Interactive maps showcasing the world’s monuments: Case Studies
What makes an interactive map a success?
Interactive maps are increasingly entering the field of culture, adding new value to sites of contemporary cultural production and cultural heritage.
Within myEleusis, MENTOR creates an interactive map that follows the route from Dipylon at Kerameikos to the archaeological site of Eleusis. The map includes the monuments along the Sacred Way up to the sanctuary of Demeter and Kore, as well as the scattered ones located in Eleusis.
The creation of the map will enrich our visit to the monuments in an educating and entertaining way and will upgrade our experience in these sites. Creating an interactive map, however, is not a simple task. An interactive map must meet certain criteria; it must be simple to use, contain all the information needed to communicate to the user, be aesthetically pleasing and meet all the technical requirements of different operating systems and devices without altering its characteristics.
The paradigm set, both in Greece and in international grounds, provides us with rich material for the optimal utilization of technology in order to shed new light on cultural heritage monuments. The interactive map of UNESCO monuments is a typical example. Users are given the opportunity to search on the map for specific monuments as well as to retrieve related information, such as a short description of the monuments in a number of languages, a gallery and a collection of texts. Also, by applying different filters the user is able to view monuments with specific characteristics (e.g. monuments in danger).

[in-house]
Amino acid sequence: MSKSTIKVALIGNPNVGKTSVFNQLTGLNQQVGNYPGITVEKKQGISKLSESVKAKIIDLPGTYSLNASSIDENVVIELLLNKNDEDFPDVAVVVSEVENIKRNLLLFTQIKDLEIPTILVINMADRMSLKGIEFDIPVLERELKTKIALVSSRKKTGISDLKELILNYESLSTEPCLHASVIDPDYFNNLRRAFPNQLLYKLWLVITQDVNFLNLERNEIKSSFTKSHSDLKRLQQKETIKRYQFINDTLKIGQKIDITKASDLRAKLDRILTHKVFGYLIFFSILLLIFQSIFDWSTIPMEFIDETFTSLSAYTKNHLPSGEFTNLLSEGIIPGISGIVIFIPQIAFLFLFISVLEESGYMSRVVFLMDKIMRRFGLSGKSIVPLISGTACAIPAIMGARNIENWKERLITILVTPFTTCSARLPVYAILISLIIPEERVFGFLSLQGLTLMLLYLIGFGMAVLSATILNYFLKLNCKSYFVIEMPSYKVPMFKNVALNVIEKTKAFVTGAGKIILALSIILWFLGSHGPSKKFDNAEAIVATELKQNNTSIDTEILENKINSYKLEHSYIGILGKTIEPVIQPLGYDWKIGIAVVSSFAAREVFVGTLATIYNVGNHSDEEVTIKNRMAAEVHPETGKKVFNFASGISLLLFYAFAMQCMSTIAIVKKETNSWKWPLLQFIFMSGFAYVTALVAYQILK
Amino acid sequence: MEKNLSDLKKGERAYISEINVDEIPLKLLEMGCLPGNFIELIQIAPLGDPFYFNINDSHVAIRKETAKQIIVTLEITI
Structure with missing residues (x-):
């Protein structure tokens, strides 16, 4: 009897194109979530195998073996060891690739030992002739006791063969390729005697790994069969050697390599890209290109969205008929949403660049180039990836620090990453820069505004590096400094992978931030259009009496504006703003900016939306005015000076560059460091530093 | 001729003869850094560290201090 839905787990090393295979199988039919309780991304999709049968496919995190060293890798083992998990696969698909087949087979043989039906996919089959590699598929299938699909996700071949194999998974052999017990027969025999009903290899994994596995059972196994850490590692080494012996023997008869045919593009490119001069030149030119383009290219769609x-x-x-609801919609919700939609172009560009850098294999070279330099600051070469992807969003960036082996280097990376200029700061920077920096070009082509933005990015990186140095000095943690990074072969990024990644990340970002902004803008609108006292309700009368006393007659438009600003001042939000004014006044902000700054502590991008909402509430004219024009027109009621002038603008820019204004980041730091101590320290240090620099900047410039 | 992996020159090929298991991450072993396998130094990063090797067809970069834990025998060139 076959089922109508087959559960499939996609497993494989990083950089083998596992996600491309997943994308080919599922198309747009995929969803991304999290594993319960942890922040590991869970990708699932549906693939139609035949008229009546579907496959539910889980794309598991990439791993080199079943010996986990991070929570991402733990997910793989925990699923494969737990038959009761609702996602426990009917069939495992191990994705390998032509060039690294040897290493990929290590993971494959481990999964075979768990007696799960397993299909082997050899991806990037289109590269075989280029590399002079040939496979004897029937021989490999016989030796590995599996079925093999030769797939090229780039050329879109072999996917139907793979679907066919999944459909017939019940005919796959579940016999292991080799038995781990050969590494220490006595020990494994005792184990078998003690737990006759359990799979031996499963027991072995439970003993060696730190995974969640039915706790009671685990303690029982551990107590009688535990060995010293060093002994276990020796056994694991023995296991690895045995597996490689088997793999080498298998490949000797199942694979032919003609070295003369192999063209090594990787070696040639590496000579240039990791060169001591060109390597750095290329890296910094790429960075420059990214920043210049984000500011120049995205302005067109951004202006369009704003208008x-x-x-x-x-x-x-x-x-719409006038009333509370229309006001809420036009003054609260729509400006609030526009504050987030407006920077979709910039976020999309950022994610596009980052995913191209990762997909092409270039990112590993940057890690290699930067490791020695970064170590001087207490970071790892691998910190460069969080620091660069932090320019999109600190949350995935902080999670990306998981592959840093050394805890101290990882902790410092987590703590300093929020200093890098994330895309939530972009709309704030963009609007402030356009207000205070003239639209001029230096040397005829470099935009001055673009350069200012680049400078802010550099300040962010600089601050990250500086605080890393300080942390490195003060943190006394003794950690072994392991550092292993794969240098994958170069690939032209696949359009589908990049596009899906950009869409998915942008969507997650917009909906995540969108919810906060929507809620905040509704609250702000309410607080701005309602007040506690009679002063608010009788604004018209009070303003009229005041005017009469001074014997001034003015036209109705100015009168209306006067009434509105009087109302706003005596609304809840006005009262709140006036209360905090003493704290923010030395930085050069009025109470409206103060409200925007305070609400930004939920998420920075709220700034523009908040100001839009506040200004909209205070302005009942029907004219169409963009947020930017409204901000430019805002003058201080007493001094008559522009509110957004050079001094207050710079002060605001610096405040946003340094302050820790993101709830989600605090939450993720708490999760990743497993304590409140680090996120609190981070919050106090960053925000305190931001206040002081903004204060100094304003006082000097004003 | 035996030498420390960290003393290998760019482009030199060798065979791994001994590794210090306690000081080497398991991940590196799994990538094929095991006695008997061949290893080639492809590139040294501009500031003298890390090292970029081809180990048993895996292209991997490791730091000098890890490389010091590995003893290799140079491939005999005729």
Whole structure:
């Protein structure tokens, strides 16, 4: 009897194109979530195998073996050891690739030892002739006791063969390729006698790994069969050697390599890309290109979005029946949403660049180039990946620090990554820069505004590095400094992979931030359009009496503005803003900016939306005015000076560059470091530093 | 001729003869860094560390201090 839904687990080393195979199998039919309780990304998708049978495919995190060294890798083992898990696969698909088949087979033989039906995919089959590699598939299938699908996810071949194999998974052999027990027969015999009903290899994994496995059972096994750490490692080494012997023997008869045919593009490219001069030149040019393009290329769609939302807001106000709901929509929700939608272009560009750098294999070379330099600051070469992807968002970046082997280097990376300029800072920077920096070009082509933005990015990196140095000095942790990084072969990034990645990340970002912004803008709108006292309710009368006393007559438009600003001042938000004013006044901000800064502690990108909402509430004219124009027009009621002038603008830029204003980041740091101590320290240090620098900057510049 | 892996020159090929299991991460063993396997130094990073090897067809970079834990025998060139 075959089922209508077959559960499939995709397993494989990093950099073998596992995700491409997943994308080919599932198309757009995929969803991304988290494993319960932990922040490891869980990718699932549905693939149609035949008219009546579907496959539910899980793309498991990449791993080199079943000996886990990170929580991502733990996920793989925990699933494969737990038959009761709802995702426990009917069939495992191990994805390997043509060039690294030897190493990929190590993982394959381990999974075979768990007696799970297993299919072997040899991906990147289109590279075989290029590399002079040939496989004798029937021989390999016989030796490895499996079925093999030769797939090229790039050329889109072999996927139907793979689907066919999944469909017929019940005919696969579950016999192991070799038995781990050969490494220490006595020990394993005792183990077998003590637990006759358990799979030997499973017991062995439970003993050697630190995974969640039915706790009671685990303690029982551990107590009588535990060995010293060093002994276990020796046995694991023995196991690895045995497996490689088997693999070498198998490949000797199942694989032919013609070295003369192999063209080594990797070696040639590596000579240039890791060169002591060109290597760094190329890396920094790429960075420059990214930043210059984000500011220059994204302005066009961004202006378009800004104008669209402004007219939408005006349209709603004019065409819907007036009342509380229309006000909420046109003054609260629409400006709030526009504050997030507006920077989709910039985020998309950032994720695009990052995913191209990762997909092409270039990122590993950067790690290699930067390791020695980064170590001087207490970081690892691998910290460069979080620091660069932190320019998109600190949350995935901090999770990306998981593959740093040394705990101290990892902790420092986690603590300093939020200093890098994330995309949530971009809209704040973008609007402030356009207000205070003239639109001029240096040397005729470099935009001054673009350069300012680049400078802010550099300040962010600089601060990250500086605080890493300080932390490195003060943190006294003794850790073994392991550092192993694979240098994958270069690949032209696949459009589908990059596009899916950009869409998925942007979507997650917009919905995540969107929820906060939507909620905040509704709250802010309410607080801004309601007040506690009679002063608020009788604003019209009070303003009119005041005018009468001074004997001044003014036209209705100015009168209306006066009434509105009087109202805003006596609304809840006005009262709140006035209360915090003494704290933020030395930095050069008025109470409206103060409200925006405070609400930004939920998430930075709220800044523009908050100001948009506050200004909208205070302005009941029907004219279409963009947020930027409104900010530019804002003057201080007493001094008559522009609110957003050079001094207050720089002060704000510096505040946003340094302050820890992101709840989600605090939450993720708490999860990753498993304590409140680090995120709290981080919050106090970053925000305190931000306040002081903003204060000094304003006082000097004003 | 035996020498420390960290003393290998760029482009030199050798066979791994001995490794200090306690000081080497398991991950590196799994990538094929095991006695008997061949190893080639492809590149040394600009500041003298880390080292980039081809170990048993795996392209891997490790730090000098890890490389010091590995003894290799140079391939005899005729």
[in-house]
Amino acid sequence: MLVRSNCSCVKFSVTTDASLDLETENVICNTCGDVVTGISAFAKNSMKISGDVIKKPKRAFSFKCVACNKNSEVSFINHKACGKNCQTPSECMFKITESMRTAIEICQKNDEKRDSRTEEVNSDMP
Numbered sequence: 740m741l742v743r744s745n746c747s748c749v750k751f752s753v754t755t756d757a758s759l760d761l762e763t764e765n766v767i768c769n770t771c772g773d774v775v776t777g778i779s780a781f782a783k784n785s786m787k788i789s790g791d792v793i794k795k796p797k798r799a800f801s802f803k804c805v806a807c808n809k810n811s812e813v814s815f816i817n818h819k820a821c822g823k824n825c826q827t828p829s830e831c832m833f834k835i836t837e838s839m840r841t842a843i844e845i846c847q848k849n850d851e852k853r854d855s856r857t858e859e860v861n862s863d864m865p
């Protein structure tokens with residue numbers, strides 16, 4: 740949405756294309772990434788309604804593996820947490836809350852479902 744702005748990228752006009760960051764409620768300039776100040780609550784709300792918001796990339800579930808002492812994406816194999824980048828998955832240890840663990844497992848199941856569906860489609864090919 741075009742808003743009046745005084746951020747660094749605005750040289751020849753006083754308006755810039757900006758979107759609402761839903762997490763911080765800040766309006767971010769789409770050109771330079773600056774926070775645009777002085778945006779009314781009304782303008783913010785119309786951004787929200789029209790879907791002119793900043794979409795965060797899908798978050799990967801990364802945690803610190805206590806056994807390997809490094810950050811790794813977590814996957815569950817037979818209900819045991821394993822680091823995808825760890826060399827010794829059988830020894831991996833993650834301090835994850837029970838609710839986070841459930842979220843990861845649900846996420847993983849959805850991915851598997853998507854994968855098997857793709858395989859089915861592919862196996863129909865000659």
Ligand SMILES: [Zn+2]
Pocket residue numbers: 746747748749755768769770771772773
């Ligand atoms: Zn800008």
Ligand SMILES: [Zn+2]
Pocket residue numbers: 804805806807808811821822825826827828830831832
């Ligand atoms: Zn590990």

Another digital map with multimedia functions, which ended up acting as an archetype for similar applications that followed, is the map of the old city of Paris that represents sites of cultural interest in Paris, and France in general. Using chronological or thematic criteria, the user is able to explore the collection of the National Archaeological Museum of France.
Having researched the best practices in creating digital interactive maps, MENTOR implements myEleusis.MAP, a system seeking to transform the way ancient culture is experienced in Eleusis, and initiating the visitor to the ambience of the Eleusinian Mysteries era, either in situ or remotely. During implementation MENTOR draws informative material from several sources such as: the Ephorate of Antiquities of West Attica, archives and documents collected through in-depth research, and through crowdsourcing campaigns.